In Drumheller v. Drumheller Bag & Supply, Inc., 204 Ga.App. 623, 626-27, 420 S.E.2d 331, 334-35 (1992), the Georgia Court of Appeals held that non-competition agreements executed in a stock sale by the three employees of a closely held textile company could be treated as ancillary to the sale of a business. The three employees owned between five and 13.5 percent of the company's shares. Id. at 333 n. 2. The stock sales agreement required the employees to sign the agreements. Additionally, they “executed employment contracts pursuant to the terms of the stock sales agreement, providing for their continued employment” with the buyer for three years. Id. at 333. In ruling that the agreements formed part of the consideration given for the stock deal, even though the employees became employed by the buyer, the Georgia Court of Appeals cited, among other things, the employees' representation by counsel during the sales negotiations, their awareness of the consequences of the sale, and the lack of evidence of unfair pressure to sell their stock from the buyer of the business and their future employer. Id. at 334-35.
As these cases demonstrate, the classification of an agreement as ancillary to employment or to the sale of a business depends on the particular factual circumstances of each case. See generally Swartz Invs., 556 S.E.2d at 463-64 (discussing the factual inquiry required to classify an agreement). Here, MMC argues that drawing all factual inferences in favor of MMC, the non-movant, we cannot conclude that Meathe's status at J&H was more akin to an employee, as in White, rather than to the owner of a business, as in Drumheller. On the one hand, the record shows that Meathe was not specifically referenced in the 1997 Agreement, whereas other individuals at J&H were. Meathe was not included in the list of individuals that could impute knowledge to J&H in the transaction. Further, Meathe was not a director of J&H, and the 1997 Agreement, not generic to all shareholders, distinguished directors. Finally, we know that the five-year solicitation term which began at the closing date had expired when Meathe took a job at P&C. Only the two-year term linked to Meathe's employment remains valid. As P&C and Meathe point out, the 1997 Agreement would no longer be in effect had Meathe not accepted employment at MMC.
On the other hand, we do not know whether Meathe had control over the decision to seek the merger between J&H and MMC. See White, 303 S.E.2d at 747. We do not know whether Meathe took part in the merger negotiations, voted in favor of a merger, or was represented by counsel. See id.; Drumheller, 420 S.E.2d at 334-35. We do not know whether Meathe signed the 1997 Agreement in order to guarantee his job, or whether the merger was conditioned on Meathe's signing it. See White, 303 S.E.2d at 748. Additionally, the pleadings do not explicitly show the type of employment held by Meathe at J&H, other than that he was not one of the company's directors. MMC alleges in its Amended Answer that Meathe was a “senior executive” at J&H. R2-25 at 11 ¶ 7. Meathe represents that he does not have sufficient information to confirm or deny this allegation. R2-27 at 3 ¶ 7.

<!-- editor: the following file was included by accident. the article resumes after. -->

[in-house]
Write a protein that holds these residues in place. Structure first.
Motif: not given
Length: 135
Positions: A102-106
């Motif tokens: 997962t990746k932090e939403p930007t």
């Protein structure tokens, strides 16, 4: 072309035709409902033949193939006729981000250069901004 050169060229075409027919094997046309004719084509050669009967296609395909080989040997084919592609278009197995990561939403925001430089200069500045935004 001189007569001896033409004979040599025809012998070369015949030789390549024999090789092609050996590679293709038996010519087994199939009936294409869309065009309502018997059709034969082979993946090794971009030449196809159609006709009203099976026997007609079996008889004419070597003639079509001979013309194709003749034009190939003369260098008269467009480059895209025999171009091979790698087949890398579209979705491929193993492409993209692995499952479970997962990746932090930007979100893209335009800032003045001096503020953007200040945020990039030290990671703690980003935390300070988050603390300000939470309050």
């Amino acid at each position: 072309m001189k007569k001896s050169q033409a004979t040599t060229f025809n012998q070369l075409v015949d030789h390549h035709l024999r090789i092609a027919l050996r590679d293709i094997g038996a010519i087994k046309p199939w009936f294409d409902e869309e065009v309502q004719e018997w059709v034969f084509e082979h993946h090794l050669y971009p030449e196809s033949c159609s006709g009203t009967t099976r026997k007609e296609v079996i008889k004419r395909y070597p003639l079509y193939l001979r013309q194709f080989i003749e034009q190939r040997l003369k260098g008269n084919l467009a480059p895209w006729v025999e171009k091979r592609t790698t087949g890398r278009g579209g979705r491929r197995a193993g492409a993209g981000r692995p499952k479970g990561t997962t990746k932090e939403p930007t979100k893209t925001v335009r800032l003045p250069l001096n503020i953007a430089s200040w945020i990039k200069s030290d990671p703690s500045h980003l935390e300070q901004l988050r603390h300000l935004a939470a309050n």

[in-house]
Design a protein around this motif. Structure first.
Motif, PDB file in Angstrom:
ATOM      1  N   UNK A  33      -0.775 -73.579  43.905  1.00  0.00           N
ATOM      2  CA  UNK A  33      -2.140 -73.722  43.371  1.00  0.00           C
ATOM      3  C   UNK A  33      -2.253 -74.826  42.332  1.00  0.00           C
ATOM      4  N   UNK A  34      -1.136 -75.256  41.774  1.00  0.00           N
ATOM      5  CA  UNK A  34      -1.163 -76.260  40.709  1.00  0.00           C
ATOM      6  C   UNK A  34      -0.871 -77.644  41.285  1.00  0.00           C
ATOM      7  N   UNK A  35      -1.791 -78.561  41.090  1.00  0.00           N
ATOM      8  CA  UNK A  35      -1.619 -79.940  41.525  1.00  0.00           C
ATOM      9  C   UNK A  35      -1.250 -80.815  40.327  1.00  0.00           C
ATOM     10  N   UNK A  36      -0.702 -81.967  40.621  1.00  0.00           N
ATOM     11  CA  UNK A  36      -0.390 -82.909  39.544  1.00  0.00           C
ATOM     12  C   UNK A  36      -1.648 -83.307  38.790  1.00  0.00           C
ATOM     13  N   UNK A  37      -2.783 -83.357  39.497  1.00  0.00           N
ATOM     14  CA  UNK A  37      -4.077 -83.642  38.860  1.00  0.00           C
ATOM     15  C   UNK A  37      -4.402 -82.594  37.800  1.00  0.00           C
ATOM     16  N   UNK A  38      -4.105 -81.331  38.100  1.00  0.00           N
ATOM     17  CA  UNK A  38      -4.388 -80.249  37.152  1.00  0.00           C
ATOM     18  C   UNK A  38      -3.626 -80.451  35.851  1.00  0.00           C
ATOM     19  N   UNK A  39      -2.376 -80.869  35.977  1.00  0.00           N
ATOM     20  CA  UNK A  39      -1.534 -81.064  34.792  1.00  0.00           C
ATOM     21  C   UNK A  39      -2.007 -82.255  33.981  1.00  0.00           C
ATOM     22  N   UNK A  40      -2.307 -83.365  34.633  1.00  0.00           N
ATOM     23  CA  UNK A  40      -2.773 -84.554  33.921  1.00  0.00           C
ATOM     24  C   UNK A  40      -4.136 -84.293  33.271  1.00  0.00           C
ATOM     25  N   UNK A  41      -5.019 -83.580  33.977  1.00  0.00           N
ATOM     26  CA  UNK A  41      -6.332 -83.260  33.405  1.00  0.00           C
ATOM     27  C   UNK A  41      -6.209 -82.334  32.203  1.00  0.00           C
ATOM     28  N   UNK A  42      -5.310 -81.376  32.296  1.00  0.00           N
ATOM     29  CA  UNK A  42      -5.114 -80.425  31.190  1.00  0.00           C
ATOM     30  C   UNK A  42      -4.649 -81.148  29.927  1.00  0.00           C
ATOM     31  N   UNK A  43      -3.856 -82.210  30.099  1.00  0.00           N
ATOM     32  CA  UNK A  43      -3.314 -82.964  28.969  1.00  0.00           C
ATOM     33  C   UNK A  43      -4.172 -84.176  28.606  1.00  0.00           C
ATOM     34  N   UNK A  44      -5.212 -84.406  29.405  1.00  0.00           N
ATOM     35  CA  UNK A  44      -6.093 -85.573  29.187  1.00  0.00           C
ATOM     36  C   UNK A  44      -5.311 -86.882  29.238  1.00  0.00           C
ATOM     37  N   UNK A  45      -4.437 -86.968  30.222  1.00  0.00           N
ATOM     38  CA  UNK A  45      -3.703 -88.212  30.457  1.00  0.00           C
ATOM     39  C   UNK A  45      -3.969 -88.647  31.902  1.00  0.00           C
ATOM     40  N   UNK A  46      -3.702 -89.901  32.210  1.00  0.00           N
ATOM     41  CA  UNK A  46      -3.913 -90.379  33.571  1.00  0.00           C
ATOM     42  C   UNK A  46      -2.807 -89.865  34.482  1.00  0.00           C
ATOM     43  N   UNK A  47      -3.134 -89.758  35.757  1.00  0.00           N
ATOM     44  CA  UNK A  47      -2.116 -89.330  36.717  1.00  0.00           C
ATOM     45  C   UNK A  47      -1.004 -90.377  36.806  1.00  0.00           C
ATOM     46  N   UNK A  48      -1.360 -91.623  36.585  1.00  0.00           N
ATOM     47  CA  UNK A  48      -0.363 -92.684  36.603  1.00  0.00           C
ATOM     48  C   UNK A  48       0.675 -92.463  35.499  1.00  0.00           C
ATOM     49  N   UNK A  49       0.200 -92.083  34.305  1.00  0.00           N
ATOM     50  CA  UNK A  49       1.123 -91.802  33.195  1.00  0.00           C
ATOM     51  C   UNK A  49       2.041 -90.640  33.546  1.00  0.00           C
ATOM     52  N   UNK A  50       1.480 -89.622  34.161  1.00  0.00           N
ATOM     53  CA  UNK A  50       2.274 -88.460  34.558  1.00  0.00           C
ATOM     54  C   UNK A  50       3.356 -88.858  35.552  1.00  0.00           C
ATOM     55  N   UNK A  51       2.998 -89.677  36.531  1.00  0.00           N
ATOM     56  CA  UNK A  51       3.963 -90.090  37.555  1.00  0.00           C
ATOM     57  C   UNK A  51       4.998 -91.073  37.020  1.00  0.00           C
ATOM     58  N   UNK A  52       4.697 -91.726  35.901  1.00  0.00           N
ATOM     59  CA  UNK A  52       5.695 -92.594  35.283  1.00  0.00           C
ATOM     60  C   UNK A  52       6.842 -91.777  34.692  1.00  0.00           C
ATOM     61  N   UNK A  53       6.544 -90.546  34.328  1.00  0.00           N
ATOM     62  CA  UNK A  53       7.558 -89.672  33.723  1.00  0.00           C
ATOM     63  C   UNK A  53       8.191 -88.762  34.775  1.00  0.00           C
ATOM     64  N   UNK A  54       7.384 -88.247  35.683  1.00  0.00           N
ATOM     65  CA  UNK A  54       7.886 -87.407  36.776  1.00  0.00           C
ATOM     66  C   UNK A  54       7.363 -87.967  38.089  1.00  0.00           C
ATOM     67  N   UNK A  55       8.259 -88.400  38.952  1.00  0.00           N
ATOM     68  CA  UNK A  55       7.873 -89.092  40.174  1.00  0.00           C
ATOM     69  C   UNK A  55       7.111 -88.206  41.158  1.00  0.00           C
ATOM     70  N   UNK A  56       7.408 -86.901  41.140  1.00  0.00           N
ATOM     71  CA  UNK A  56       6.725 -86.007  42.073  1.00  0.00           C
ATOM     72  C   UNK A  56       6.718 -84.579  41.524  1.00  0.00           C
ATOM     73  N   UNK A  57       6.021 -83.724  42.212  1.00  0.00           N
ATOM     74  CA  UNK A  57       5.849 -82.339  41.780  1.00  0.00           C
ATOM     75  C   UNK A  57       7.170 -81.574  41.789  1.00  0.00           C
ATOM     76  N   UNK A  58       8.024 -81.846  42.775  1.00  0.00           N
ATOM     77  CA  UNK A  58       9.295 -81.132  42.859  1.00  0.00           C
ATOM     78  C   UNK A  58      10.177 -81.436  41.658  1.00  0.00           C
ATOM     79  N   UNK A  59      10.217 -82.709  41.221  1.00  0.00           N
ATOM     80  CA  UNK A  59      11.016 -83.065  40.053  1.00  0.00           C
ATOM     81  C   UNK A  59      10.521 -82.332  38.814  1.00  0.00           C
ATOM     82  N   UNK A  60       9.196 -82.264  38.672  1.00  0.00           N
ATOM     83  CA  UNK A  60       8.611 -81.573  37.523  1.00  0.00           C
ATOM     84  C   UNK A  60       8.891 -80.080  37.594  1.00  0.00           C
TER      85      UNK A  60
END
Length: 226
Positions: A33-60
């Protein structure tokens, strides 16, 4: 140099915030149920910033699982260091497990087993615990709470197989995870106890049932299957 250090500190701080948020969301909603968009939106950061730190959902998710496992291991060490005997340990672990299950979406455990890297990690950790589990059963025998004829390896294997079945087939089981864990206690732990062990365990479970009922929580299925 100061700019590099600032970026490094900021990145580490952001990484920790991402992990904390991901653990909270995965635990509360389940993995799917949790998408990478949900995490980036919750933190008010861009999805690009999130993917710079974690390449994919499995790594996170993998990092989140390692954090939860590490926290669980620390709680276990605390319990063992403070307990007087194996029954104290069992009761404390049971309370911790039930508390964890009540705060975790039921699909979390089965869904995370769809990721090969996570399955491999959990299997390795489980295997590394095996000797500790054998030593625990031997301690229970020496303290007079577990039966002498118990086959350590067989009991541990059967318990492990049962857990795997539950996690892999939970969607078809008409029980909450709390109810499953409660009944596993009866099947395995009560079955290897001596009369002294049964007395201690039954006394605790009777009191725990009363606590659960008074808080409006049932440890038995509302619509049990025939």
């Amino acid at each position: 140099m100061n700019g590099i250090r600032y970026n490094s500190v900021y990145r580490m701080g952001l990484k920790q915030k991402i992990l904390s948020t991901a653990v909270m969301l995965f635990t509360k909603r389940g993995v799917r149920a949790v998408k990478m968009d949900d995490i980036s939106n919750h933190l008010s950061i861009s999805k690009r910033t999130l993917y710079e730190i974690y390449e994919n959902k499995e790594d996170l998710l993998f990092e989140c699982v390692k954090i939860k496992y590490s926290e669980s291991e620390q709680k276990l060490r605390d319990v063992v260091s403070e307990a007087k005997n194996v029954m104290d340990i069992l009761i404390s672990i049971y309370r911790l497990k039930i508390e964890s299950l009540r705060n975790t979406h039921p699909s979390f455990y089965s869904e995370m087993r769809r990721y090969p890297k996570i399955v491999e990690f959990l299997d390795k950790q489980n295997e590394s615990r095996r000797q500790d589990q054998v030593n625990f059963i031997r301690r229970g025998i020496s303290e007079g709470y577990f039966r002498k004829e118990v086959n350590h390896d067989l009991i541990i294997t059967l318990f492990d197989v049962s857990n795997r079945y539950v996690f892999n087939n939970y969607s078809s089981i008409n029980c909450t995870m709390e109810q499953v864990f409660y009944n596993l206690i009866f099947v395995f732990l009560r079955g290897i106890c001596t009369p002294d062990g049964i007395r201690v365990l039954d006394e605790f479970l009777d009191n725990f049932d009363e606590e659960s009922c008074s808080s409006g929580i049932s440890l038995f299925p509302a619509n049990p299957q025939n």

P&C and Meathe concede that “[t]here is no question that the 1997 Stock Purchase Agreement is a stock purchase agreement and not an employment agreement,” Brief of Appellees and Cross-Appellants, Palmer & Cay, Inc., and James B. Meathe at 8, but they also argue that it should be given strict scrutiny as an employment agreement because only the two-year non-solicitation term linked to the termination of Meathe's employment is still in effect. Although Meathe cites no cases for this argument, the Georgia Supreme Court has noted in dicta that a non-competition period that starts with the termination of employment “is customary in cases of noncompetitive covenants ancillary to an employment contract.” See Ins. Ctr., Inc. v. Hamilton, 218 Ga. 597, 602, 129 S.E.2d 801, 805 (1963). Nonetheless, we cannot grant judgment on the pleadings unless MMC “ ‘can prove no set of facts' ” which would allow it to prevail. Horsley, 304 F.3d at 1131 (citation omitted). Given Georgia's focus on the covenantor's bargaining power at the time of the sale, the link between the start of the non-solicitation period and Meathe's termination of employment is alone insufficient to allow us to conclude, at the pleading stage, that the 1997 Agreement, entitled “Stock Purchase Agreement,” is a contract ancillary to employment. Consequently, the district court erred in granting judgment on the pleadings in favor of P&C and Meathe.
C. 2002 Agreement